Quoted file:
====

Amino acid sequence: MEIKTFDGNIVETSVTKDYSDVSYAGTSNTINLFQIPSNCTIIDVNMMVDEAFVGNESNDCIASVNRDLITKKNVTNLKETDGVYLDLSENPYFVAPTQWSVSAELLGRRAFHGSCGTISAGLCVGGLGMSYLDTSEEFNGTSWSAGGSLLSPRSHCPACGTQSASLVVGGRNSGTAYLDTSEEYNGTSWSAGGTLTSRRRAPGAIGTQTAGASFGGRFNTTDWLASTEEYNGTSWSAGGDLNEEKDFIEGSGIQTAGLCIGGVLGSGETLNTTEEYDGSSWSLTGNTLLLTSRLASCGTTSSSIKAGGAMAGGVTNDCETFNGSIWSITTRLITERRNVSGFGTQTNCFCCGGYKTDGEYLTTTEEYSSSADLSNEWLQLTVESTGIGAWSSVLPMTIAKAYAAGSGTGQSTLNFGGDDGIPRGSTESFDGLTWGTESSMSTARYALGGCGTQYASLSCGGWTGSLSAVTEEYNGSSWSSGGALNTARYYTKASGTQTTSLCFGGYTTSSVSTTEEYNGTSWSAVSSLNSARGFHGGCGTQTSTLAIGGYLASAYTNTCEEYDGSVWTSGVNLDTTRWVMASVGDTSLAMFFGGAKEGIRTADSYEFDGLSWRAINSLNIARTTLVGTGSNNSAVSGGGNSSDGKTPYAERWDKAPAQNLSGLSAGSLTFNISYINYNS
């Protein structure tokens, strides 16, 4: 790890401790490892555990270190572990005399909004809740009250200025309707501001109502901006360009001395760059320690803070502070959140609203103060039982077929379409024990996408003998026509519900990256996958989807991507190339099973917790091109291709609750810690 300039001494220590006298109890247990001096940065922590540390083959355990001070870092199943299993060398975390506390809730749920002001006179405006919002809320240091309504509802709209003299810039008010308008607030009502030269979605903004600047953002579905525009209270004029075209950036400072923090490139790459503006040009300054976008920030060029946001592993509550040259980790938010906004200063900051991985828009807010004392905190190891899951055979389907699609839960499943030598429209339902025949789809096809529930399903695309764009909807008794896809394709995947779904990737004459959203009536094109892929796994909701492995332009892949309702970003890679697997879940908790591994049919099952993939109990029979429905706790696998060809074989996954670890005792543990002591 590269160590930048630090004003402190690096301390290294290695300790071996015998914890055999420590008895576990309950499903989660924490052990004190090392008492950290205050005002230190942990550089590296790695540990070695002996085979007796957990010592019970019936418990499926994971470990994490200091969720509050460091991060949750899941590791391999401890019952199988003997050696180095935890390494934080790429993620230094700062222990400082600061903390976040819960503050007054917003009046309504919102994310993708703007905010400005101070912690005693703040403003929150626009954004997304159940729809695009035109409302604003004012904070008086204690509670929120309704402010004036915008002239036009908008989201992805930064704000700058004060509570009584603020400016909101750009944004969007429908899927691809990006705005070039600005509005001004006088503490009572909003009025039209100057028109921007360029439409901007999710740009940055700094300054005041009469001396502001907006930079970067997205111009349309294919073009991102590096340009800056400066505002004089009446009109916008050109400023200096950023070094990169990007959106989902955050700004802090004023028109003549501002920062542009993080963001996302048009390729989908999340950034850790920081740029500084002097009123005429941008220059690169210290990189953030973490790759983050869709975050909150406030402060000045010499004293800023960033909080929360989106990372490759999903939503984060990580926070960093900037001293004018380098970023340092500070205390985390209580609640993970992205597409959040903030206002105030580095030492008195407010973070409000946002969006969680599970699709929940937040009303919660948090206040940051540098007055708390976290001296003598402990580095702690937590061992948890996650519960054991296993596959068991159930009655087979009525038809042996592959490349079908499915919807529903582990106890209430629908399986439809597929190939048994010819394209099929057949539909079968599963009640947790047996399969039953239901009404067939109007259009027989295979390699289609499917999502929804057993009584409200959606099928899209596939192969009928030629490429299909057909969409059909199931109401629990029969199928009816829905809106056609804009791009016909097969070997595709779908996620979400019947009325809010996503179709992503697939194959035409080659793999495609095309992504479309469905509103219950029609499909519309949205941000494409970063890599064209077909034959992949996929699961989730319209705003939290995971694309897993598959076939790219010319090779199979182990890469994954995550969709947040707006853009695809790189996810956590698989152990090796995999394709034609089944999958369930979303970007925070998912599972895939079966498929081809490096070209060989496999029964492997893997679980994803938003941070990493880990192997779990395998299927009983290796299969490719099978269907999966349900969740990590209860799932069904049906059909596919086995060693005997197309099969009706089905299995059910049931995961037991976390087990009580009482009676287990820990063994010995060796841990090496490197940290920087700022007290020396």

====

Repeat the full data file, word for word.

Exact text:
Amino acid sequence: MEIKTFDGNIVETSVTKDYSDVSYAGTSNTINLFQIPSNCTIIDVNMMVDEAFVGNESNDCIASVNRDLITKKNVTNLKETDGVYLDLSENPYFVAPTQWSVSAELLGRRAFHGSCGTISAGLCVGGLGMSYLDTSEEFNGTSWSAGGSLLSPRSHCPACGTQSASLVVGGRNSGTAYLDTSEEYNGTSWSAGGTLTSRRRAPGAIGTQTAGASFGGRFNTTDWLASTEEYNGTSWSAGGDLNEEKDFIEGSGIQTAGLCIGGVLGSGETLNTTEEYDGSSWSLTGNTLLLTSRLASCGTTSSSIKAGGAMAGGVTNDCETFNGSIWSITTRLITERRNVSGFGTQTNCFCCGGYKTDGEYLTTTEEYSSSADLSNEWLQLTVESTGIGAWSSVLPMTIAKAYAAGSGTGQSTLNFGGDDGIPRGSTESFDGLTWGTESSMSTARYALGGCGTQYASLSCGGWTGSLSAVTEEYNGSSWSSGGALNTARYYTKASGTQTTSLCFGGYTTSSVSTTEEYNGTSWSAVSSLNSARGFHGGCGTQTSTLAIGGYLASAYTNTCEEYDGSVWTSGVNLDTTRWVMASVGDTSLAMFFGGAKEGIRTADSYEFDGLSWRAINSLNIARTTLVGTGSNNSAVSGGGNSSDGKTPYAERWDKAPAQNLSGLSAGSLTFNISYINYNS
């Protein structure tokens, strides 16, 4: 790890401790490892555990270190572990005399909004809740009250200025309707501001109502901006360009001395760059320690803070502070959140609203103060039982077929379409024990996408003998026509519900990256996958989807991507190339099973917790091109291709609750810690 300039001494220590006298109890247990001096940065922590540390083959355990001070870092199943299993060398975390506390809730749920002001006179405006919002809320240091309504509802709209003299810039008010308008607030009502030269979605903004600047953002579905525009209270004029075209950036400072923090490139790459503006040009300054976008920030060029946001592993509550040259980790938010906004200063900051991985828009807010004392905190190891899951055979389907699609839960499943030598429209339902025949789809096809529930399903695309764009909807008794896809394709995947779904990737004459959203009536094109892929796994909701492995332009892949309702970003890679697997879940908790591994049919099952993939109990029979429905706790696998060809074989996954670890005792543990002591 590269160590930048630090004003402190690096301390290294290695300790071996015998914890055999420590008895576990309950499903989660924490052990004190090392008492950290205050005002230190942990550089590296790695540990070695002996085979007796957990010592019970019936418990499926994971470990994490200091969720509050460091991060949750899941590791391999401890019952199988003997050696180095935890390494934080790429993620230094700062222990400082600061903390976040819960503050007054917003009046309504919102994310993708703007905010400005101070912690005693703040403003929150626009954004997304159940729809695009035109409302604003004012904070008086204690509670929120309704402010004036915008002239036009908008989201992805930064704000700058004060509570009584603020400016909101750009944004969007429908899927691809990006705005070039600005509005001004006088503490009572909003009025039209100057028109921007360029439409901007999710740009940055700094300054005041009469001396502001907006930079970067997205111009349309294919073009991102590096340009800056400066505002004089009446009109916008050109400023200096950023070094990169990007959106989902955050700004802090004023028109003549501002920062542009993080963001996302048009390729989908999340950034850790920081740029500084002097009123005429941008220059690169210290990189953030973490790759983050869709975050909150406030402060000045010499004293800023960033909080929360989106990372490759999903939503984060990580926070960093900037001293004018380098970023340092500070205390985390209580609640993970992205597409959040903030206002105030580095030492008195407010973070409000946002969006969680599970699709929940937040009303919660948090206040940051540098007055708390976290001296003598402990580095702690937590061992948890996650519960054991296993596959068991159930009655087979009525038809042996592959490349079908499915919807529903582990106890209430629908399986439809597929190939048994010819394209099929057949539909079968599963009640947790047996399969039953239901009404067939109007259009027989295979390699289609499917999502929804057993009584409200959606099928899209596939192969009928030629490429299909057909969409059909199931109401629990029969199928009816829905809106056609804009791009016909097969070997595709779908996620979400019947009325809010996503179709992503697939194959035409080659793999495609095309992504479309469905509103219950029609499909519309949205941000494409970063890599064209077909034959992949996929699961989730319209705003939290995971694309897993598959076939790219010319090779199979182990890469994954995550969709947040707006853009695809790189996810956590698989152990090796995999394709034609089944999958369930979303970007925070998912599972895939079966498929081809490096070209060989496999029964492997893997679980994803938003941070990493880990192997779990395998299927009983290796299969490719099978269907999966349900969740990590209860799932069904049906059909596919086995060693005997197309099969009706089905299995059910049931995961037991976390087990009580009482009676287990820990063994010995060796841990090496490197940290920087700022007290020396």